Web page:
The Why software verification platform can be used to translate code annotated with pre- and postconditions into proof obligations suitable for Gappa.

By installing Frama-C first and then Why (in order to build the Jessie plugin), one gets a tool for directly certifying C programs with Gappa.

The example below demonstrates the usage of these tools. The C
file defines a `sqrt`

function that computes the square root
with a relative accuracy of [math] for an input
`x`

between 0.5 and 2.

/*@ requires 0.5 <= x <= 2; ensures \abs(\result - 1/\sqrt(x)) <= 0x1p-6 * \abs(1/\sqrt(x)); */ double sqrt_init(double x); /*@ lemma quadratic_newton: \forall real x, t; x > 0 ==> \let err = (t - 1 / \sqrt(x)) / (1 / \sqrt(x)); (0.5 * t * (3 - t * t * x) - 1 / \sqrt(x)) / (1 / \sqrt(x)) == - (1.5 + 0.5 * err) * (err * err); */ /*@ requires 0.5 <= x <= 2; ensures \abs(\result - \sqrt(x)) <= 0x1p-43 * \abs(\sqrt(x)); */ double sqrt(double x) { int i; double t, u; t = sqrt_init(x); /*@ loop pragma UNROLL 4; @ loop invariant 0 <= i <= 3; */ for (i = 0; i <= 2; ++i) { u = 0.5 * t * (3 - t * t * x); //@ assert \abs(u - 0.5 * t * (3 - t * t * x)) <= 1; /*@ assert \let err = (t - 1 / \sqrt(x)) / (1 / \sqrt(x)); (0.5 * t * (3 - t * t * x) - 1 / \sqrt(x)) / (1 / \sqrt(x)) == - (1.5 + 0.5 * err) * (err * err); */ //@ assert \abs(u - 1 / \sqrt(x)) <= 0x1p-10 * \abs(1 / \sqrt(x)); t = u; } //@ assert x * (1 / \sqrt(x)) == \sqrt(x); return x * t; }

The code starts by calling the `sqrt_init`

function. It
returns an approximation of [math] with a
relative accuracy of [math]. Only the
specification of this auxiliary function is given. (Preconditions are
introduced by the `requires`

keyword, while postconditions are
introduced by `ensures`

.) Its implementation could use small
tables for instance. Note that bounds on relative errors are expressed as
[math] in this setting.

The `sqrt`

function then performs three Newton
iterations in order to obtain an improved approximation of the reciprocal
square root of `x`

. Since Gappa only handles
straight-line programs, a pragma annotation instructs Frama-C to
completely unroll the loop before passing it to Jessie. Finally, once the
reciprocal square root has been computed, it is multiplied by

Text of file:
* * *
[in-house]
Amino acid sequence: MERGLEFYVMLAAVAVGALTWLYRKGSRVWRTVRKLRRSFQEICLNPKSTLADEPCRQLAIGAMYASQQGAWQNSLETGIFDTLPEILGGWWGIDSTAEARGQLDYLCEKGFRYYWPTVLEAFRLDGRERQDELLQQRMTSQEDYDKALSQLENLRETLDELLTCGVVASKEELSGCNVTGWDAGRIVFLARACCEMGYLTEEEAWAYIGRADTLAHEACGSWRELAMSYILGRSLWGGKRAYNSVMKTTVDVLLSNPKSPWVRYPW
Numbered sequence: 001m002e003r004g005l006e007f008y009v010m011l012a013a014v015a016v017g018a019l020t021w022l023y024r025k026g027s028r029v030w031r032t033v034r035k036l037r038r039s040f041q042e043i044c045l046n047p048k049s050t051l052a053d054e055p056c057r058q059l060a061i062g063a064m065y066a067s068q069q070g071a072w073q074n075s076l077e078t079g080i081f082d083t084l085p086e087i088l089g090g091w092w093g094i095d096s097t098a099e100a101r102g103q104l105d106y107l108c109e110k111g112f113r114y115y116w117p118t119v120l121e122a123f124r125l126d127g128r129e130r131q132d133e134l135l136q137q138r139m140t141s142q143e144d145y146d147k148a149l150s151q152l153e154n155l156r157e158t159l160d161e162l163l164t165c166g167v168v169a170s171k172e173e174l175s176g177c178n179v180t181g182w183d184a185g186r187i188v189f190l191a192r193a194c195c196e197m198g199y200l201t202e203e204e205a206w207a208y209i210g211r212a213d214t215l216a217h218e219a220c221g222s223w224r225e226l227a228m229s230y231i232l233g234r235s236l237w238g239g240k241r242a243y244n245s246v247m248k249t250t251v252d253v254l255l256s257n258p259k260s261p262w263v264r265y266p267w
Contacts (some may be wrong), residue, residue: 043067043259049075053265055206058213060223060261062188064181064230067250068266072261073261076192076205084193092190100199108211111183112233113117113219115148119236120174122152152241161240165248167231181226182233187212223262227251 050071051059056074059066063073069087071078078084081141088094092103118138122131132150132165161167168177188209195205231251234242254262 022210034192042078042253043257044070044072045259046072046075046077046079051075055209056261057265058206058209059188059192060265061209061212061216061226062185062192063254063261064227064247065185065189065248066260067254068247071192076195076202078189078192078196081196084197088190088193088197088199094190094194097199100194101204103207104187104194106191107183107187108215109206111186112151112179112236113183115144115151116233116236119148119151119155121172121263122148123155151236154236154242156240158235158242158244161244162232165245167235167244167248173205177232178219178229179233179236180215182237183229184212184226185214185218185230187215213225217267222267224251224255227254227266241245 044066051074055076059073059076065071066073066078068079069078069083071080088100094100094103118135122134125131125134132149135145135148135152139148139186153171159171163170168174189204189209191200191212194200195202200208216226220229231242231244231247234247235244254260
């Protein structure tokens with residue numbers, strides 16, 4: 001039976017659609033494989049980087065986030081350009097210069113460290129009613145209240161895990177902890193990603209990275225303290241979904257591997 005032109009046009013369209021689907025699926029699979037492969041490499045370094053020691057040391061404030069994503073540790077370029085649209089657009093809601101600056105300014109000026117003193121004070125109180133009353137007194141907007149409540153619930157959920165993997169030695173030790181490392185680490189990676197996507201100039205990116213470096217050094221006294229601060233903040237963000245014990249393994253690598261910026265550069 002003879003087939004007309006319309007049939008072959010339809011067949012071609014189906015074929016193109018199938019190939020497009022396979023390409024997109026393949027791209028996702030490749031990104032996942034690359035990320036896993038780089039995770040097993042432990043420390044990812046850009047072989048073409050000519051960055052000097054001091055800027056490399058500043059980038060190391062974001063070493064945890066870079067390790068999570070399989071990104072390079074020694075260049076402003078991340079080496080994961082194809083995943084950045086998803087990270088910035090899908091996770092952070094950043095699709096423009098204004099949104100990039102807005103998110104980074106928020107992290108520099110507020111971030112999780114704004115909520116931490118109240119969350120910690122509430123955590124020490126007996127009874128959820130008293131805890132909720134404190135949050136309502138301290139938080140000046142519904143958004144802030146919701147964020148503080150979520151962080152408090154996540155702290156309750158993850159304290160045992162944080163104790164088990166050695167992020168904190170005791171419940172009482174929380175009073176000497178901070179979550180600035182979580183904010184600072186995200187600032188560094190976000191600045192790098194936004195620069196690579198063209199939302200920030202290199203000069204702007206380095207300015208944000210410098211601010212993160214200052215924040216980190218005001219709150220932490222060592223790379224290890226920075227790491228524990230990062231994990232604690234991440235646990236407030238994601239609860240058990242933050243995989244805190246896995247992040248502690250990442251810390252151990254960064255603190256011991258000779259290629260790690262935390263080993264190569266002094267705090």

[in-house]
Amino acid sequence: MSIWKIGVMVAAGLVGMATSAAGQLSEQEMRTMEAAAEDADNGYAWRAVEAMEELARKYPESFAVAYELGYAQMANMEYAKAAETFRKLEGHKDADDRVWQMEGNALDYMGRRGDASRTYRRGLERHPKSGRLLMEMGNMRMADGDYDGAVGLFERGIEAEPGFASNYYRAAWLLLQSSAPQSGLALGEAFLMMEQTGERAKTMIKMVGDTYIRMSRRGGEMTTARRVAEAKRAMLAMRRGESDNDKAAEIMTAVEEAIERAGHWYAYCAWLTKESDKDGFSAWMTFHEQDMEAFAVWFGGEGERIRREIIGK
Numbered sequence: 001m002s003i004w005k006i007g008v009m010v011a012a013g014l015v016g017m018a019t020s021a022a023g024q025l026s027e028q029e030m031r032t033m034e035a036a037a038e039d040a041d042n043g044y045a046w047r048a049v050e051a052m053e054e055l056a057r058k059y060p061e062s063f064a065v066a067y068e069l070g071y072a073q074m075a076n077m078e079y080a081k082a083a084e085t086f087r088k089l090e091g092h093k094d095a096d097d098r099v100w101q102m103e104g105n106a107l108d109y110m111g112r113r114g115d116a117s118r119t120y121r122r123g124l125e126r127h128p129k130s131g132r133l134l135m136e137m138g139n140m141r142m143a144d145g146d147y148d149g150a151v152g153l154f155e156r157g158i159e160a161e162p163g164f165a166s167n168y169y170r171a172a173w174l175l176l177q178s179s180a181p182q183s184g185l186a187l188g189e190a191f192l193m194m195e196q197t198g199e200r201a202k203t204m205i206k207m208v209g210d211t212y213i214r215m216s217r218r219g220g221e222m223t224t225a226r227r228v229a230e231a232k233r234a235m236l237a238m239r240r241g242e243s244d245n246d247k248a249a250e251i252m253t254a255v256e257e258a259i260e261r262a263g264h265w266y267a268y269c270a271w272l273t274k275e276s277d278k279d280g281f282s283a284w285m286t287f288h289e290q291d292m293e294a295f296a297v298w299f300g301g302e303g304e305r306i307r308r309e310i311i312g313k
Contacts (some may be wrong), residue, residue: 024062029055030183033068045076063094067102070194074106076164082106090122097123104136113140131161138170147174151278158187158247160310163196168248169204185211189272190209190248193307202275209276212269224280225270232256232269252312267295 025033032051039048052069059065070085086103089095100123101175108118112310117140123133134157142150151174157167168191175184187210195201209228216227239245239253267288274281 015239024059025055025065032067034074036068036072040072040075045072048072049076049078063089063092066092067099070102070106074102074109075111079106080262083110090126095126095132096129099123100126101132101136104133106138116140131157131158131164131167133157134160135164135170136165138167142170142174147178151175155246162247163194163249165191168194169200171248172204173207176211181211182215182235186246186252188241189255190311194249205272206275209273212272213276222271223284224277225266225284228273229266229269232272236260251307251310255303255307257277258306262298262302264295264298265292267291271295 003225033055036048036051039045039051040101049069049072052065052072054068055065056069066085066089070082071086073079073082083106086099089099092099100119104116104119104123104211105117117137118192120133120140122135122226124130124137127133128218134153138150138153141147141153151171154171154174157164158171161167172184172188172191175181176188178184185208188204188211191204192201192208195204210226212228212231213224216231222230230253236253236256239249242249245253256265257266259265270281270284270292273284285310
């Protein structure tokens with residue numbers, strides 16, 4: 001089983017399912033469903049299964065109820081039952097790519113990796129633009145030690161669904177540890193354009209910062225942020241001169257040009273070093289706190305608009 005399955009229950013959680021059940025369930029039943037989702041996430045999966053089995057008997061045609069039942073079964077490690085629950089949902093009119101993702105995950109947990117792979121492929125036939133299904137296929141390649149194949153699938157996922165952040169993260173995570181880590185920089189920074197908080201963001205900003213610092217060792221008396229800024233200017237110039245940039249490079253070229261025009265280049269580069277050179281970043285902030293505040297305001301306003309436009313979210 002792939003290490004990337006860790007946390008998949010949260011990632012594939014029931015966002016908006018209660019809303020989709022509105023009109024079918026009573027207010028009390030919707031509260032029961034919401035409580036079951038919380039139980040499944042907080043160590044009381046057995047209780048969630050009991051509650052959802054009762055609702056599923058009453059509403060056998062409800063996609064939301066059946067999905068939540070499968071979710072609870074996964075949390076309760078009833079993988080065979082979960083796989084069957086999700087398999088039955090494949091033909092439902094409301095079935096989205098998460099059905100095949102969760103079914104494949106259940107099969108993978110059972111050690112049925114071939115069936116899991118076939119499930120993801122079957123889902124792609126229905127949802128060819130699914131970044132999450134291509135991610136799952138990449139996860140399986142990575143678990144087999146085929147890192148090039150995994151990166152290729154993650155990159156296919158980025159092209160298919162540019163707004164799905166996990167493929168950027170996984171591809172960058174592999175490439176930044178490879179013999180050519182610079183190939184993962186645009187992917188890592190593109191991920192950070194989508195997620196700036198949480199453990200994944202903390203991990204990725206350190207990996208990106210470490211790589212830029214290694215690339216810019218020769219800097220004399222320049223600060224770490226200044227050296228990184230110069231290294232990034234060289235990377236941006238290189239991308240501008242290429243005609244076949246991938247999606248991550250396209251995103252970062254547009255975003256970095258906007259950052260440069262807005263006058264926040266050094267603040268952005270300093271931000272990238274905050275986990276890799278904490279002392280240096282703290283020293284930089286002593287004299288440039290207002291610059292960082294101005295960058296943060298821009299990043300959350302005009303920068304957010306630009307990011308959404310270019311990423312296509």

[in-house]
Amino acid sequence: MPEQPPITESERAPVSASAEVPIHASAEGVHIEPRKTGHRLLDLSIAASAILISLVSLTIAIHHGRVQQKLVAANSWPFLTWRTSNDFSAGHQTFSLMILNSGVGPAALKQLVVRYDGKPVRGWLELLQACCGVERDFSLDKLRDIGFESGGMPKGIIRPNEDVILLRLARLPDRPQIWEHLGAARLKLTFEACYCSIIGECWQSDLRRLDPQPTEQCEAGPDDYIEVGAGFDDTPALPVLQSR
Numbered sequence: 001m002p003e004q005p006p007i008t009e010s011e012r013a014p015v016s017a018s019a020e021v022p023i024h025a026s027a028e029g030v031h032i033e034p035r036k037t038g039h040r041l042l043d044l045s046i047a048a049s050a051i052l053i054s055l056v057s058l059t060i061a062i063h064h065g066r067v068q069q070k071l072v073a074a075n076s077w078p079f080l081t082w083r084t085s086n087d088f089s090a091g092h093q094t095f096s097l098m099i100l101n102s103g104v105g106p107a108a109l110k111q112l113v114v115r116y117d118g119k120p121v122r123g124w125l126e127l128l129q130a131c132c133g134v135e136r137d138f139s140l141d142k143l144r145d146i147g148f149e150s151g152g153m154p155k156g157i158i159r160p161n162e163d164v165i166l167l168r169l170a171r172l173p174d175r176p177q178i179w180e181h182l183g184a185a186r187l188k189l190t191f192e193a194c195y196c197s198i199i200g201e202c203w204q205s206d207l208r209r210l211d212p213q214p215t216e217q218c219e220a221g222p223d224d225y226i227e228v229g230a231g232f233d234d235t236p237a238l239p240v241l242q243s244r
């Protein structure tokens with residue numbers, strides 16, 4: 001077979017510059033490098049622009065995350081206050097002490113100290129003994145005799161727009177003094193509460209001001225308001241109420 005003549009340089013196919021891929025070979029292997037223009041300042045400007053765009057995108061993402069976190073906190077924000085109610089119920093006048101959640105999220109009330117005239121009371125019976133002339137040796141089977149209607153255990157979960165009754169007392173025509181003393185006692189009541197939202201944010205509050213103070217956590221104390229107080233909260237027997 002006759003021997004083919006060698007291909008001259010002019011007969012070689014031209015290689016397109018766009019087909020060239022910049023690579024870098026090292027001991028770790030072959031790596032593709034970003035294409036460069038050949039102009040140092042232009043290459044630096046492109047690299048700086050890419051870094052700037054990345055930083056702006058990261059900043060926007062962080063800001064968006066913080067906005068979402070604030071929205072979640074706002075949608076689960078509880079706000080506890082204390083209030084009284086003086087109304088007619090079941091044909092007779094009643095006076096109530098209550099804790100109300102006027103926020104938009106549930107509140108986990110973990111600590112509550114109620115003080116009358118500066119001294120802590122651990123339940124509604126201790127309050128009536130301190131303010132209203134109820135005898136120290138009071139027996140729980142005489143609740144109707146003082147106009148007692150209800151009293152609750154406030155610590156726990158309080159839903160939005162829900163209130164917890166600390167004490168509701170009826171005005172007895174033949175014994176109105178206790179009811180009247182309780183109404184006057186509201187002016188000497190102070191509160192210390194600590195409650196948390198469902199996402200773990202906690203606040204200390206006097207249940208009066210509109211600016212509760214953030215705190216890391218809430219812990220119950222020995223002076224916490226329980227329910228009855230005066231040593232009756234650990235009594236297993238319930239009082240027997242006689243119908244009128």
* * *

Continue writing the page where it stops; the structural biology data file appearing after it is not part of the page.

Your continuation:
`x`

to obtain the square root.

The `assert`

annotations cause Frama-C/Jessie to
generate additional proof obligations. These facts are then available to
the following proof obligations as hypotheses. In this example, the
actual content of the assertions does not matter from a certification
point of view, they are only used as a way to pass information to Gappa.
Indeed, as explained in the section called “Fixed-point Newton division”, Gappa needs to
know about Newton's relation and which expressions are approximations of
what. So, if the program were to be directly expressed in Gappa syntax,
the three loop assertions would instead have been written as
follows.

rsqrt = 1 / sqrt(x); err = (t - rsqrt) / rsqrt; { ... } u ~ 0.5 * t * (3 - t * t * x); (0.5 * t * (3 - t * t * x) - rsqrt) / rsqrt -> - (1.5 + 0.5 * err) * (err * err); u ~ rsqrt;

When writing these assertions for guiding Gappa, one just as to
make sure that they are easily provable; their actual accuracy is not
relevant. For instance, if the relative distance between
`u`

and [math] had been
[math] instead of [math],
Gappa would still have succeeded.

Passing the program above to the Frama-C/Jessie tool produces the following console output...

$ frama-c -jessie a.c [kernel] preprocessing with "gcc -C -E -I. -dD a.c" [jessie] Starting Jessie translation [kernel] No code for function sqrt_init, default assigns generated [jessie] Producing Jessie files in subdir a.jessie [jessie] File a.jessie/a.jc written. [jessie] File a.jessie/a.cloc written. [jessie] Calling Jessie tool in subdir a.jessie Generating Why function sqrt [jessie] Calling VCs generator. gwhy-bin [...] why/a.why Computation of VCs... Computation of VCs done. Reading GWhy configuration... Loading .gwhyrc config file GWhy configuration loaded... Creating GWhy Tree view...

...and displays the following user interface.

On the left of the window are the proof obligations. Once all of
them are proved, the code is guaranteed to match its specification. Green
marks flag proof obligations that were automatically proved. Selected
proof obligations are displayed on the right; here it is the
postcondition of the `sqrt`

function.

Gappa is not able to prove Newton's relation nor does it know that [math] holds. These assertions are therefore left unproved. Due to loop unrolling, Newton's relation appears three times. To factor these occurrences, a lemma describing the relation has been added to the C code. The Alt-Ergo prover is used to check that the three occurrences indeed match this lemma.

In the end, we have 72 proof obligations and only two of them are left unproved by the combination of Gappa and Alt-Ergo. They are mathematical identities on real-valued expressions, so they could easily be checked with an interactive proof assistant or a computer algebra system. (And they should be, at least for Newton's relation, because of its error-prone expression.)